The apostles ate bread and drank wine as a symbol of the sacrifice Christ was about to make on their behalf. This same ritual, or ordinance, is practiced by many Christians to this day. The ordinance goes by many names, such as the Eucharist, the Lord’s Supper, or (in the Mormon church) the Sacrament, but it is essentially the same ordinance instituted by Christ in New Testament times.
Not only do ordinances remind us of an event (such as the sacrifice made by the Savior), but they are a sign of covenants made with the Lord. In religious terms, a covenant is a two-way promise between God and an individual. When a person is baptized, that person makes a covenant with the Lord to strive to follow the example of Christ and to repent of their sins. When the person keeps their part of the covenant, the Lord promises He will forgive that person of their sins when he or she confesses those sins and approaches the Lord with a sincere heart and a real desire to change.
Two primary ordinances are performed inside Mormon temples: the temple endowment and the sealing ordinance. A temple endowment is designed for individuals, and the sealing ordinance is designed to create eternal families. These ordinances are very sacred and holy, so faithful Mormons don’t discuss their details outside of the temple, even with each other.
Ordinances for Others
Not only are temples designed so that ordinances can be performed for the living, but ordinances in Mormon temples can also be done for the dead. Mormons believe that earthly religious ordinances must be performed for all people, even for those who are no longer capable of performing those ordinances for themselves. Billions of people have lived on earth without ever hearing Christ’s name or coming to understand the sacrifice that He made for them. Would a loving or just God consign His children to hell simply because they never had to chance to believe in someone of whom they had never heard?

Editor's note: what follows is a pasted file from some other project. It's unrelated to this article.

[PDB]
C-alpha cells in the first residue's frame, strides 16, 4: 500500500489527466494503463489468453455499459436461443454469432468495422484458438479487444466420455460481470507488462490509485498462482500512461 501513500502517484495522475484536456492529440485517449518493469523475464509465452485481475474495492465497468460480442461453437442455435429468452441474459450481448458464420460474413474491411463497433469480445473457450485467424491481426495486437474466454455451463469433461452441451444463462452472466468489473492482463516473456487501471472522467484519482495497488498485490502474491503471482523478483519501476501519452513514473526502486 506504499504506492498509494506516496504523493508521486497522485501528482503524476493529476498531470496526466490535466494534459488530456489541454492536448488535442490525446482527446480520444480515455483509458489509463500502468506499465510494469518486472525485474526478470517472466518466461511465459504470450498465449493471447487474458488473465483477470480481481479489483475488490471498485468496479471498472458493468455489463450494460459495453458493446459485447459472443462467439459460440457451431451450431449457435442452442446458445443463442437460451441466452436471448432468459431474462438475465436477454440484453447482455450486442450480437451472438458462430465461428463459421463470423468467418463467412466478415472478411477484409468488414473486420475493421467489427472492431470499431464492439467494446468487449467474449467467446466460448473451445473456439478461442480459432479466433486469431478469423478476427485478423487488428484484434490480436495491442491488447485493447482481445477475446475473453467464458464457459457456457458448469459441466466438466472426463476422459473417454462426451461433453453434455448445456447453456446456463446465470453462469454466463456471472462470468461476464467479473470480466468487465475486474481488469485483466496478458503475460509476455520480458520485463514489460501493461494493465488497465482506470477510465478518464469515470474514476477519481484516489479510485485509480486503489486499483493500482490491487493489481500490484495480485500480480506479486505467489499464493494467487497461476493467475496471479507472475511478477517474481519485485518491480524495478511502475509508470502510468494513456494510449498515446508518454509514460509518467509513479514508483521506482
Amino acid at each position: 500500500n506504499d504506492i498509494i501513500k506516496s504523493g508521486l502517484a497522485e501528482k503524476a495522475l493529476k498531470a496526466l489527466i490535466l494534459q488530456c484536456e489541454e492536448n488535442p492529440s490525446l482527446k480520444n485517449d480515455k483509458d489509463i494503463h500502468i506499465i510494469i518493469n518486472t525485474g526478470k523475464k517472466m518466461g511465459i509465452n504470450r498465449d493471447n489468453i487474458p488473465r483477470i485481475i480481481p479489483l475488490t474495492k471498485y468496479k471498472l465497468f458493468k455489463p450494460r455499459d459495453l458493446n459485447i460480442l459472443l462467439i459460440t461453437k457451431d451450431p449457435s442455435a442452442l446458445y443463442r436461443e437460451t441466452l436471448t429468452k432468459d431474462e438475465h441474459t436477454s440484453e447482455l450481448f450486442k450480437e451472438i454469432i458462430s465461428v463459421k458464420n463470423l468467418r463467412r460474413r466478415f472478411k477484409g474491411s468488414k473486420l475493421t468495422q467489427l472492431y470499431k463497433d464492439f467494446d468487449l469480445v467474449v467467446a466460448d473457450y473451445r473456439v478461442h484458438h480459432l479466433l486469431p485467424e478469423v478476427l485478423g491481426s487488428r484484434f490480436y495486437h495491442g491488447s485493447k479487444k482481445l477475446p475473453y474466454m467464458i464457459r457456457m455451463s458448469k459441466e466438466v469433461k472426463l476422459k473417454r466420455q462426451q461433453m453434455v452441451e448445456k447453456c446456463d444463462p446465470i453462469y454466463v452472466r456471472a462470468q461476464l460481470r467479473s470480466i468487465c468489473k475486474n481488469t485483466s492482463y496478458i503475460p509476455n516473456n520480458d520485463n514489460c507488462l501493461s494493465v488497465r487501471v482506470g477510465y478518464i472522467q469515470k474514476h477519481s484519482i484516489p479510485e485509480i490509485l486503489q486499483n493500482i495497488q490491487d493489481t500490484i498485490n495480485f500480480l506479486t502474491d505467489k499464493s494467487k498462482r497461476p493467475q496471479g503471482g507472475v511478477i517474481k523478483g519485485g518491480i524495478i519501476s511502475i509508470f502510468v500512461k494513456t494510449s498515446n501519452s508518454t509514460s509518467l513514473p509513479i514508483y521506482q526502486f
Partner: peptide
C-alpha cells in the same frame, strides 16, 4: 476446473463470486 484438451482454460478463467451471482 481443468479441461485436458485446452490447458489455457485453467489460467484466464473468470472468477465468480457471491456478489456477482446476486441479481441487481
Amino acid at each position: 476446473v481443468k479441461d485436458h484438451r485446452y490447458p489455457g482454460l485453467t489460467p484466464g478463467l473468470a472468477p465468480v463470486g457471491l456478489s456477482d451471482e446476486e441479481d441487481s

Ordinances available in Mormon temples for living Church members are also performed for those who have already died. Mormons routinely seek out the names of their ancestors and other deceased persons in order to perform the necessary ordinances for them. Temple marriage, sealings, and endowments are performed with someone symbolically standing in for the person who is deceased. (When someone symbolically stands in the place of another person, that is called doing work for that person by proxy.) Baptisms are also performed by proxy for the deceased.
The only reason that proxy work is done for the dead is because Mormons believe that we continue to live in the spirit world after our earthly body dies. When work is done for the deceased, Mormons believe that those individuals will have the opportunity to accept or reject the work done on their behalf. We have no way to know who will or won’t accept those ordinances, so temple work is performed for everyone who has passed on. To have someone who has passed on baptized by proxy does not commit that deceased person to accept a “Mormon baptism.” Instead, it merely gives that person the opportunity to accept or reject the ordinance as they choose.